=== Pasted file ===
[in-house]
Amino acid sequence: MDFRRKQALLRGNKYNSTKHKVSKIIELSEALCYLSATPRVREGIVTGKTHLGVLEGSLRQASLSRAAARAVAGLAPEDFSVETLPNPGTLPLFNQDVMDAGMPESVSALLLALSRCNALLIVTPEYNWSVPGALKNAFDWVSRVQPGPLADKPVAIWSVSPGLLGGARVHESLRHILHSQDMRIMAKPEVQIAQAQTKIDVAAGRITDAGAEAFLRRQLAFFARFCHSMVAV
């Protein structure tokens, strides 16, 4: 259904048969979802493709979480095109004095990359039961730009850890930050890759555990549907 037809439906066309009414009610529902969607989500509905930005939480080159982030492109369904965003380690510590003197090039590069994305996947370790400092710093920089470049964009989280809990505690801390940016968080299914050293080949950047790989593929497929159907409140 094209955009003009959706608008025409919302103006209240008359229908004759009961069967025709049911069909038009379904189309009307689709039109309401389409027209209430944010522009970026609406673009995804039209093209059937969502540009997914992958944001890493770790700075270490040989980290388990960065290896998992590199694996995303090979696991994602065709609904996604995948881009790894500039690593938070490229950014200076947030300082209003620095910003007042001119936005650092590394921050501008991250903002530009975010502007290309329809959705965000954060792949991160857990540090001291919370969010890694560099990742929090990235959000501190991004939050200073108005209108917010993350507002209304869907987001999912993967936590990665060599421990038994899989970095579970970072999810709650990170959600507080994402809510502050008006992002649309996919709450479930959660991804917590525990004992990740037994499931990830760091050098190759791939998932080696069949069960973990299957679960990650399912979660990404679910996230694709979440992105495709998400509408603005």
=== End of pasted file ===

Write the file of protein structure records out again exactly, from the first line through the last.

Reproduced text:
[in-house]
Amino acid sequence: MDFRRKQALLRGNKYNSTKHKVSKIIELSEALCYLSATPRVREGIVTGKTHLGVLEGSLRQASLSRAAARAVAGLAPEDFSVETLPNPGTLPLFNQDVMDAGMPESVSALLLALSRCNALLIVTPEYNWSVPGALKNAFDWVSRVQPGPLADKPVAIWSVSPGLLGGARVHESLRHILHSQDMRIMAKPEVQIAQAQTKIDVAAGRITDAGAEAFLRRQLAFFARFCHSMVAV
């Protein structure tokens, strides 16, 4: 259904048969979802493709979480095109004095990359039961730009850890930050890759555990549907 037809439906066309009414009610529902969607989500509905930005939480080159982030492109369904965003380690510590003197090039590069994305996947370790400092710093920089470049964009989280809990505690801390940016968080299914050293080949950047790989593929497929159907409140 094209955009003009959706608008025409919302103006209240008359229908004759009961069967025709049911069909038009379904189309009307689709039109309401389409027209209430944010522009970026609406673009995804039209093209059937969502540009997914992958944001890493770790700075270490040989980290388990960065290896998992590199694996995303090979696991994602065709609904996604995948881009790894500039690593938070490229950014200076947030300082209003620095910003007042001119936005650092590394921050501008991250903002530009975010502007290309329809959705965000954060792949991160857990540090001291919370969010890694560099990742929090990235959000501190991004939050200073108005209108917010993350507002209304869907987001999912993967936590990665060599421990038994899989970095579970970072999810709650990170959600507080994402809510502050008006992002649309996919709450479930959660991804917590525990004992990740037994499931990830760091050098190759791939998932080696069949069960973990299957679960990650399912979660990404679910996230694709979440992105495709998400509408603005």